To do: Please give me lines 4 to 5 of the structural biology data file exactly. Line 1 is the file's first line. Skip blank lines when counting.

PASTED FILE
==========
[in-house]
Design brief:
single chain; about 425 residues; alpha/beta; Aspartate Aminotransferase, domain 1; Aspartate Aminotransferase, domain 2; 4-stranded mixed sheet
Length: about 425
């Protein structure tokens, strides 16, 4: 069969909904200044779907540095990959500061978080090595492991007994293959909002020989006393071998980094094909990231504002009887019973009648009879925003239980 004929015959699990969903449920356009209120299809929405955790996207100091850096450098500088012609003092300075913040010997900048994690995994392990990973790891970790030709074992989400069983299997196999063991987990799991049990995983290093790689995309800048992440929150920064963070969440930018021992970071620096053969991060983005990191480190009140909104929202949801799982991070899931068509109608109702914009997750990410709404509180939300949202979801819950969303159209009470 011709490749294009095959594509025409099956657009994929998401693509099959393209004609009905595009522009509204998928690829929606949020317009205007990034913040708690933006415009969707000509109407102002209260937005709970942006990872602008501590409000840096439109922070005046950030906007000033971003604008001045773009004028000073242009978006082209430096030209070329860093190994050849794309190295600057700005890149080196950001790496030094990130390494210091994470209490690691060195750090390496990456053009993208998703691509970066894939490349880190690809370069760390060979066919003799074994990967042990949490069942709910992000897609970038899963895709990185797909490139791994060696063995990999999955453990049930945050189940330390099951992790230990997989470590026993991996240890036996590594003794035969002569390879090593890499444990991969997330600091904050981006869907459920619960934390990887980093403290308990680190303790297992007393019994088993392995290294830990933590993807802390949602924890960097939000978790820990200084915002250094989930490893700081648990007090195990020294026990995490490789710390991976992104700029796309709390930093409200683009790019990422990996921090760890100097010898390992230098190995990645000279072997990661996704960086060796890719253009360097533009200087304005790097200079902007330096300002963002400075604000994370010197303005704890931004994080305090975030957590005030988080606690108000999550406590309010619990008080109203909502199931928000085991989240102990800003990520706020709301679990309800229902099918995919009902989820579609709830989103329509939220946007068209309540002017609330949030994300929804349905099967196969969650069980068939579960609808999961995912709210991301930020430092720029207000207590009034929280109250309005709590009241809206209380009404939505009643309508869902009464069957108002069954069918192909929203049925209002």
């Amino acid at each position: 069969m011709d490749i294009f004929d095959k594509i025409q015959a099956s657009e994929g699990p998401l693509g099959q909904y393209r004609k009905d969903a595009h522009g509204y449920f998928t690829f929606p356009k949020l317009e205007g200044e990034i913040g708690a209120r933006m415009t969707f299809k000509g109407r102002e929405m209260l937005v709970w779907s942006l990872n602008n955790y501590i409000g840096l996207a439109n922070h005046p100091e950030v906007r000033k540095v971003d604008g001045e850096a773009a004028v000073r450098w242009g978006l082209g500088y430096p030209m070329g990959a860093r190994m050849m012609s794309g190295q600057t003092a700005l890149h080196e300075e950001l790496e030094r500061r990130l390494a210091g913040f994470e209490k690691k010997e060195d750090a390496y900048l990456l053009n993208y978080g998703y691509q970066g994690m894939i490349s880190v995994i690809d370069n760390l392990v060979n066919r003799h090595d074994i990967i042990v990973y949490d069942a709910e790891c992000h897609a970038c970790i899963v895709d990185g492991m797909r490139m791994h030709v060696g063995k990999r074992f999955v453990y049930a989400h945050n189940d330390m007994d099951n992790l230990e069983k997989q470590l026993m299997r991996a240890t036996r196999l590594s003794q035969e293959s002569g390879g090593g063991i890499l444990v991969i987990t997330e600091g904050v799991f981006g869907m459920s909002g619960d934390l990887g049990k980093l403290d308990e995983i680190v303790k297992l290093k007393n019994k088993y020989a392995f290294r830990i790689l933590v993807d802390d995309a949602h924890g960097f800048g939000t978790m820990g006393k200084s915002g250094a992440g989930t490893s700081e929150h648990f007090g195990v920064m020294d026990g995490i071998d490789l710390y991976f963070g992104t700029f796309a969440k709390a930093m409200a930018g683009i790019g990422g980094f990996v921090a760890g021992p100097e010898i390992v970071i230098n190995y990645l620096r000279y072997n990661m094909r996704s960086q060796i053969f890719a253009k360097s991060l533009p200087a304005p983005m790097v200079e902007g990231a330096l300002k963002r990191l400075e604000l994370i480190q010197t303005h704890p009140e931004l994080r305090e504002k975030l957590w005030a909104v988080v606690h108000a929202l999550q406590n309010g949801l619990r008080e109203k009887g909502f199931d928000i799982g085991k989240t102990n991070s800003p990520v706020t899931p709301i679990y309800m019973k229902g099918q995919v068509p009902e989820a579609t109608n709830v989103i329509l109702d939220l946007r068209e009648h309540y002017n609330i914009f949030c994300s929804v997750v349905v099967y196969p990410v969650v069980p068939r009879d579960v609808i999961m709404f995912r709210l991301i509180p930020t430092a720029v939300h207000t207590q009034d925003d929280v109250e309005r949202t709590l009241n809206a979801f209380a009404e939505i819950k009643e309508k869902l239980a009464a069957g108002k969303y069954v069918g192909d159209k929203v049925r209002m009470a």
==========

Length: about 425
């Protein structure tokens, strides 16, 4: 069969909904200044779907540095990959500061978080090595492991007994293959909002020989006393071998980094094909990231504002009887019973009648009879925003239980 004929015959699990969903449920356009209120299809929405955790996207100091850096450098500088012609003092300075913040010997900048994690995994392990990973790891970790030709074992989400069983299997196999063991987990799991049990995983290093790689995309800048992440929150920064963070969440930018021992970071620096053969991060983005990191480190009140909104929202949801799982991070899931068509109608109702914009997750990410709404509180939300949202979801819950969303159209009470 011709490749294009095959594509025409099956657009994929998401693509099959393209004609009905595009522009509204998928690829929606949020317009205007990034913040708690933006415009969707000509109407102002209260937005709970942006990872602008501590409000840096439109922070005046950030906007000033971003604008001045773009004028000073242009978006082209430096030209070329860093190994050849794309190295600057700005890149080196950001790496030094990130390494210091994470209490690691060195750090390496990456053009993208998703691509970066894939490349880190690809370069760390060979066919003799074994990967042990949490069942709910992000897609970038899963895709990185797909490139791994060696063995990999999955453990049930945050189940330390099951992790230990997989470590026993991996240890036996590594003794035969002569390879090593890499444990991969997330600091904050981006869907459920619960934390990887980093403290308990680190303790297992007393019994088993392995290294830990933590993807802390949602924890960097939000978790820990200084915002250094989930490893700081648990007090195990020294026990995490490789710390991976992104700029796309709390930093409200683009790019990422990996921090760890100097010898390992230098190995990645000279072997990661996704960086060796890719253009360097533009200087304005790097200079902007330096300002963002400075604000994370010197303005704890931004994080305090975030957590005030988080606690108000999550406590309010619990008080109203909502199931928000085991989240102990800003990520706020709301679990309800229902099918995919009902989820579609709830989103329509939220946007068209309540002017609330949030994300929804349905099967196969969650069980068939579960609808999961995912709210991301930020430092720029207000207590009034929280109250309005709590009241809206209380009404939505009643309508869902009464069957108002069954069918192909929203049925209002």